LLF – Has There Been a Murder?

by the Revd Canon Rosie Harper, Chaplain to the Bishop of Buckingham, Member of General Synod and Trustee of the Ozanne Foundation 

Has there been a murder or at least death by misadventure?

Has Covid -19 killed Living in Love and Faith?

We are in the middle of a global plague. People we love are dying. We have no idea how resilient churches will be in terms of attendance or finance. Where have our children gone?

Big stuff is going on.

Living in Love and Faith always was ill-conceived. It was attempting to speak into a dilemma that no longer existed even before Covid.

In the reality of today’s world a vanishingly small number of people want pick this scab. It’s over. Living in Love and Faith has died a death and we ‘d best give it a quiet burial.

Last week Bishop Paul Bayes wrote a really moving tribute to Bill Kirkpatrick. Fr Bill actually died three years ago but the deep thoughts and feelings that Bishop Paul expressed were stirred by the TV series ‘It’s a Sin’ which traced the story of AIDS. The cruelty and judgement thoughtlessly inflicted on gay men as AIDS claimed so many lives is agony to watch. Fr Bill walked alongside those who were ill and dying and he listened and reached out, and he prayed.

It leaves you wondering if things have changed.  Thankfully that answer is mostly yes. Society is far from perfect but for the vast majority of people being gay is just one of a variety of ways in which human beings are made and even folk who can’t quite get their heads around it because of the era in which they grew up want to treat it as private and personal. They’d rather not talk about it; live and let live.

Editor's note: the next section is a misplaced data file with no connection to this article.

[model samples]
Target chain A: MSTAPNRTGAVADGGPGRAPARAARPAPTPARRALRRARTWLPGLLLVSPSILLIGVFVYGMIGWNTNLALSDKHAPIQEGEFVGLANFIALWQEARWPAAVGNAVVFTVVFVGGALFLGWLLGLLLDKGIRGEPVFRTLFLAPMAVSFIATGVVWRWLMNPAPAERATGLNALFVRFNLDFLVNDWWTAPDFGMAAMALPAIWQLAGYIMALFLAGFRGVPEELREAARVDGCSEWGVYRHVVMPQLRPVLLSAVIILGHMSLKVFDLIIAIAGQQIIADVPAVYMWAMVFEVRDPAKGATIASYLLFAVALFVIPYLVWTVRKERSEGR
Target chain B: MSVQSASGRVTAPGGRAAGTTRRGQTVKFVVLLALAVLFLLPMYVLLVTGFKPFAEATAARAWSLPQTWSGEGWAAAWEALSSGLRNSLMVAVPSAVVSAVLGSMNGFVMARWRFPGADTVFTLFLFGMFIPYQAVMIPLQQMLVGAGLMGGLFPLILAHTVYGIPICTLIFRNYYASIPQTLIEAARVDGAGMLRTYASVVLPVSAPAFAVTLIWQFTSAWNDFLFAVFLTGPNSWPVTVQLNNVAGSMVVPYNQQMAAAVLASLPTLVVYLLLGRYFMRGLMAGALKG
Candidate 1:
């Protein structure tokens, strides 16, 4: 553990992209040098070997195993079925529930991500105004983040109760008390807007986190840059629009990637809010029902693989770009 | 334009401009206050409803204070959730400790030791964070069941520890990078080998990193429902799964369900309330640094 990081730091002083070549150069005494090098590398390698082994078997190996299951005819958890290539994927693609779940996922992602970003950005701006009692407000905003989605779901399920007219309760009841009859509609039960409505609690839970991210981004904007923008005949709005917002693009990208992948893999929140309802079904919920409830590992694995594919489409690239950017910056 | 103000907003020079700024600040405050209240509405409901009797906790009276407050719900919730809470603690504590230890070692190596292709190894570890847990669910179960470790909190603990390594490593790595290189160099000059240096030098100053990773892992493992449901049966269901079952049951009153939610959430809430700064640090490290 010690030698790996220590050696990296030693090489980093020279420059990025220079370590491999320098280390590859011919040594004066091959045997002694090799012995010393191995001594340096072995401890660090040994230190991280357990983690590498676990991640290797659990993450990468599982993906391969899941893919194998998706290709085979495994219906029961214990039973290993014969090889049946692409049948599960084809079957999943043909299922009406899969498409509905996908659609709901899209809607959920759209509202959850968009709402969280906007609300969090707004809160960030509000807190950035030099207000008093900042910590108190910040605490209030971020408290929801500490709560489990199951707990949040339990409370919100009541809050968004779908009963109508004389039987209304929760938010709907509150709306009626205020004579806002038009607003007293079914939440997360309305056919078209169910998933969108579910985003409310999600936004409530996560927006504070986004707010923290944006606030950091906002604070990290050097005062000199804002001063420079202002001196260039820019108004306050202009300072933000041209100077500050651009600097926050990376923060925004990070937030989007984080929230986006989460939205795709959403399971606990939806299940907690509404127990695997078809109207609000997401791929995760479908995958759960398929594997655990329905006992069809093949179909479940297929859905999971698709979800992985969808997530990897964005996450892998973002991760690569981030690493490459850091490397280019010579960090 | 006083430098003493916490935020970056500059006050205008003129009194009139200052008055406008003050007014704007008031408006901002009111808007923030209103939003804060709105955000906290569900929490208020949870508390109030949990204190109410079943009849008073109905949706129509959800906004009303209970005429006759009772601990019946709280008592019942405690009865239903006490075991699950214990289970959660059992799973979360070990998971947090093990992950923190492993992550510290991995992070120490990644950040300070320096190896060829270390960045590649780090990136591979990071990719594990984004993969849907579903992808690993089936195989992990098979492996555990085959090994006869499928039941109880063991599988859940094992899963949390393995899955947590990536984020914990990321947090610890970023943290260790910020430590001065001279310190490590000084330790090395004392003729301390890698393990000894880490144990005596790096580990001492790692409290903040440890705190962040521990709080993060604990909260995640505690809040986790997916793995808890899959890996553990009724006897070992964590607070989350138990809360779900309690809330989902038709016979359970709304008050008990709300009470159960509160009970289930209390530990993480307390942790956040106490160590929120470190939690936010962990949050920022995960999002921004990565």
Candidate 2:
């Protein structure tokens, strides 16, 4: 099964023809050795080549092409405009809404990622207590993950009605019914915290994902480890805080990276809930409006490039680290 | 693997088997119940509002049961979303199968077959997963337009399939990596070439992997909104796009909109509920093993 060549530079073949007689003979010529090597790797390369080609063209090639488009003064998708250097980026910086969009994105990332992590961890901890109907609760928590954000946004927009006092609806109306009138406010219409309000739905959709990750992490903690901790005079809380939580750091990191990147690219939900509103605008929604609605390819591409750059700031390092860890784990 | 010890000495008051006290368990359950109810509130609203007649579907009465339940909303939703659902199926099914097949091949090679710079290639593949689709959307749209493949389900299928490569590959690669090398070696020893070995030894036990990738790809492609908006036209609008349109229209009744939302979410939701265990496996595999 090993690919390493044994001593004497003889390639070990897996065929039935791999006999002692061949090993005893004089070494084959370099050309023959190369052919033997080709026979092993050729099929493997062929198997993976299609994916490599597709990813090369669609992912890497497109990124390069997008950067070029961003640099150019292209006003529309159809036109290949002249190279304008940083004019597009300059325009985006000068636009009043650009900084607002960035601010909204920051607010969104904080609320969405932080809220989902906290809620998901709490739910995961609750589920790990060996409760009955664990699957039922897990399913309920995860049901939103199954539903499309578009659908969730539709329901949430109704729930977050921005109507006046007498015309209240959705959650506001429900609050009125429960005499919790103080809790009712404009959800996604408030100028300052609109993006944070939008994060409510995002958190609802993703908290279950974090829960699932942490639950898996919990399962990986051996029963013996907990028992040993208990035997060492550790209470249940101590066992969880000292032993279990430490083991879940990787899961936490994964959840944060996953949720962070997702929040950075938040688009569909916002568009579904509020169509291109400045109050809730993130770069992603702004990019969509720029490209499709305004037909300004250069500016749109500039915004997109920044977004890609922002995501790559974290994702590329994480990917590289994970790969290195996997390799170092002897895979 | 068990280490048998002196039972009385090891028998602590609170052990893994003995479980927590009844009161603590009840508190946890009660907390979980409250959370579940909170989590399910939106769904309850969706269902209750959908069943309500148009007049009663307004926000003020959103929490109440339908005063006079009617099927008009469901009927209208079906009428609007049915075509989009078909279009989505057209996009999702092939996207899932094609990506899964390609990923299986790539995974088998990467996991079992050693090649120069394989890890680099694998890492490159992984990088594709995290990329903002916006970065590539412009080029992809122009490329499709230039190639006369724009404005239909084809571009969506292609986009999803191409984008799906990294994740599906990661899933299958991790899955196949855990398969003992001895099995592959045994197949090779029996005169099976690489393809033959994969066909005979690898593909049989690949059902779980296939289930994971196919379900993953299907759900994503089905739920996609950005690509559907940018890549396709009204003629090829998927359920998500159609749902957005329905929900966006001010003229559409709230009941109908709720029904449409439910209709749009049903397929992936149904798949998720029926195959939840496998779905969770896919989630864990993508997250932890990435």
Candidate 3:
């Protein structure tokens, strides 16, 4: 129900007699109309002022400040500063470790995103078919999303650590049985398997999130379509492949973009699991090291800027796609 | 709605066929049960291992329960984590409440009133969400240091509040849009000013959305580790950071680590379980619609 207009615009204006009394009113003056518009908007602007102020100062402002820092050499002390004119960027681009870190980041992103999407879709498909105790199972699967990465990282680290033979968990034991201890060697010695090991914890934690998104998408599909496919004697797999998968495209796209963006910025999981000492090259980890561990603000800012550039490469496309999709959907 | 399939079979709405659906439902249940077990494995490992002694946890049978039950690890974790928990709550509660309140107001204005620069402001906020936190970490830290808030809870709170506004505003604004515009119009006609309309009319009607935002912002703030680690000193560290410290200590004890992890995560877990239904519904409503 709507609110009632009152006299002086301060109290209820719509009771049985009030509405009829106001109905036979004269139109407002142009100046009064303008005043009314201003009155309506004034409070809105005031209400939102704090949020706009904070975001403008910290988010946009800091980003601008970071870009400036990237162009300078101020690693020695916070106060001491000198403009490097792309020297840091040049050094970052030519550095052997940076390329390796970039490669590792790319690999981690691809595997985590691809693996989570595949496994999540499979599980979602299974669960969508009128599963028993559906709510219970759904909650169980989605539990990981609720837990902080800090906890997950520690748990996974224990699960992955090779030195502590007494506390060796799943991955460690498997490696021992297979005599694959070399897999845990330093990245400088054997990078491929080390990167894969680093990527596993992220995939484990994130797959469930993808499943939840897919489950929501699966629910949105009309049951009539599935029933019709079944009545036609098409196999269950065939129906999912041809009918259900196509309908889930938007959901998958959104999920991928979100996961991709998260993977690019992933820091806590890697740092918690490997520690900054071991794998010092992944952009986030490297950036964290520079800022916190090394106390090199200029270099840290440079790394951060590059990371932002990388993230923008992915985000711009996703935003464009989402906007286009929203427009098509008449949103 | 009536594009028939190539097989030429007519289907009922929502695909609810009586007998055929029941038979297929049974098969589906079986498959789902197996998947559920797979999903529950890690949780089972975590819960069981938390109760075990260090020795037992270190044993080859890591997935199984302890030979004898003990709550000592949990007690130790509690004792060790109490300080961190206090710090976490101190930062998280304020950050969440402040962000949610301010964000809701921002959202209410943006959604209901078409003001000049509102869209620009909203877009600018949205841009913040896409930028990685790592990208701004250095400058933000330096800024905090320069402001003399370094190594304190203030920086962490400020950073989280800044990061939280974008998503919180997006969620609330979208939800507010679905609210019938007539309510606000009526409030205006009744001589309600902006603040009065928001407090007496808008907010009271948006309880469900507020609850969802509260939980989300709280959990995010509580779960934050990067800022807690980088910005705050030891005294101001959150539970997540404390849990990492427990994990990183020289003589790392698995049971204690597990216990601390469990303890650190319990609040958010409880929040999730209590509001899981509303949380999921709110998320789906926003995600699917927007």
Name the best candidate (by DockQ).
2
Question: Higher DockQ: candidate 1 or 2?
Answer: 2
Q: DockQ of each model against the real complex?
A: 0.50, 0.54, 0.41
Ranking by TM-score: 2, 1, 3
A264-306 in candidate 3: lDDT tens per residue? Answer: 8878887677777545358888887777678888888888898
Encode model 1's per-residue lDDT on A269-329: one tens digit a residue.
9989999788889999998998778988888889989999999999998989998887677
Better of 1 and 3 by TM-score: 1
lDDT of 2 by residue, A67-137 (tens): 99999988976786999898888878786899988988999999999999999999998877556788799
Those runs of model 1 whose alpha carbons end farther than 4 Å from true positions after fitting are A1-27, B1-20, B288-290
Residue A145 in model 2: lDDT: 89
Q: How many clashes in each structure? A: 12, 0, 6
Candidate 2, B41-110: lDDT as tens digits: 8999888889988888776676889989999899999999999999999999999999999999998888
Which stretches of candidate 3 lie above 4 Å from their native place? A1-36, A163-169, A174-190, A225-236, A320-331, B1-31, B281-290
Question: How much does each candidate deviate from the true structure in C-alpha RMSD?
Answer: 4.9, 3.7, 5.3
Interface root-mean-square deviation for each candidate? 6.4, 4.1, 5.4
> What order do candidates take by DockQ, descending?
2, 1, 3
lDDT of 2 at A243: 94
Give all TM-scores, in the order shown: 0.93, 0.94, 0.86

If you are in sport it can be tougher, but nowhere other than the church is your sexuality open game for public discussion.

Of course there are Christians who genuinely feel this is the issue to go to the wall for, but there is an important piece of learning I’ve acquired as I’ve explored how the church can move into an era of full acceptance. One remarkable bishop that +Alan and I spoke to once he was retired talked about the cost of bringing about change. It had indeed cost him dear in many ways and we asked him what he’d do differently. He reflected that the greatest mistake he made was spending too much time and effort of the extreme conservative lobby. This sounds harsh, but as you unpack it there is sense in this. There are a group of people who live their faith believing they and others are teetering on the cliff edge of hell, and no one can sadly alter the fact that daring to change their attitude to being gay risks tipping them over the edge into eternal fire.

Unlimited discussions around Living in Love and Faith cannot possibly change this conviction -and such Christians will only engage on the basis of proving they are right.

We need to let go. To say ‘so be it.’ It must be pretty grim to frame your faith in a loving God that way.

The time for continuing with conversations which almost no-one wants, as a way of stopping doing what is right, is over.

I’ll name it:  Well-intentioned though it might have been (and I’m not even convinced about that) – it’s over! Living in Love and Faith landed in the midst of a global pandemic and turned out to be – let’s put it kindly – a chocolate teapot!

We have always had a way forward. It’s as if Paul saw this coming. Romans 14 is crystal clear. It was the usual bust up about what was morally right to eat. Paul tells them it’s not really the food or the possible idolatry that matters, it’s the judging one another.

As people of faith we are called respect the integrity of other people’s conscience. The key is in not judging -and therefore not controlling. We got there in the end with the re-marriage of divorcees. Finding a place where there is mutual respect of conscience on this matter could be the key.

I hear that it is proving very difficult to find LLF champions for the proposed discussions around the country. Maybe this speaks for itself. I have yet to meet anyone who would turn up to such a group. Gay people themselves have had years and years of generous and self-revelatory discussions. Often they have suffered abuse in that context and it is completely unreasonable to expect yet another round of such nonsense. Most people in our churches have friends or family members who are gay and they simply love them. It’s no longer a big deal, but they really, really don’t want to discuss it in public.